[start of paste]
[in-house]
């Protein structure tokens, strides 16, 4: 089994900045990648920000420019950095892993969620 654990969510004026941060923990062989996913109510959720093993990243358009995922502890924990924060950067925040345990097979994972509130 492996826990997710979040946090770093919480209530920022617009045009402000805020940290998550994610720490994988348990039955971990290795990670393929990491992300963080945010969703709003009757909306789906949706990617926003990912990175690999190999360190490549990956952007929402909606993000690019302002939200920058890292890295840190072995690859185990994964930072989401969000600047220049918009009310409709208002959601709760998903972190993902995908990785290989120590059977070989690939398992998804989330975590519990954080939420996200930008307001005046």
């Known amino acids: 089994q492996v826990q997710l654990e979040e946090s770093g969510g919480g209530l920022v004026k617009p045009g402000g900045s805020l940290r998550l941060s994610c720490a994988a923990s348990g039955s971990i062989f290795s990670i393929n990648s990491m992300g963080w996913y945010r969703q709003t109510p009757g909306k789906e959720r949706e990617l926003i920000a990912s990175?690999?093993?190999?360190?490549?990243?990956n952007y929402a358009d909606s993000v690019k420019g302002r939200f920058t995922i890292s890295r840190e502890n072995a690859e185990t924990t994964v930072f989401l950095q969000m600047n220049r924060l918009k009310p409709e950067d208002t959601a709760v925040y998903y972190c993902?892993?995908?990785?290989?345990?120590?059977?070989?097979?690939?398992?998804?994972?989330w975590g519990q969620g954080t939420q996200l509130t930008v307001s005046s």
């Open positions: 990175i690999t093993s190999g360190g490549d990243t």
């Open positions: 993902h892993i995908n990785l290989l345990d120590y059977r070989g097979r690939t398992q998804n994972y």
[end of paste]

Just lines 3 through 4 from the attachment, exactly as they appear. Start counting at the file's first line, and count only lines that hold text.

């Known amino acids: 089994q492996v826990q997710l654990e979040e946090s770093g969510g919480g209530l920022v004026k617009p045009g402000g900045s805020l940290r998550l941060s994610c720490a994988a923990s348990g039955s971990i062989f290795s990670i393929n990648s990491m992300g963080w996913y945010r969703q709003t109510p009757g909306k789906e959720r949706e990617l926003i920000a990912s990175?690999?093993?190999?360190?490549?990243?990956n952007y929402a358009d909606s993000v690019k420019g302002r939200f920058t995922i890292s890295r840190e502890n072995a690859e185990t924990t994964v930072f989401l950095q969000m600047n220049r924060l918009k009310p409709e950067d208002t959601a709760v925040y998903y972190c993902?892993?995908?990785?290989?345990?120590?059977?070989?097979?690939?398992?998804?994972?989330w975590g519990q969620g954080t939420q996200l509130t930008v307001s005046s």
């Open positions: 990175i690999t093993s190999g360190g490549d990243t």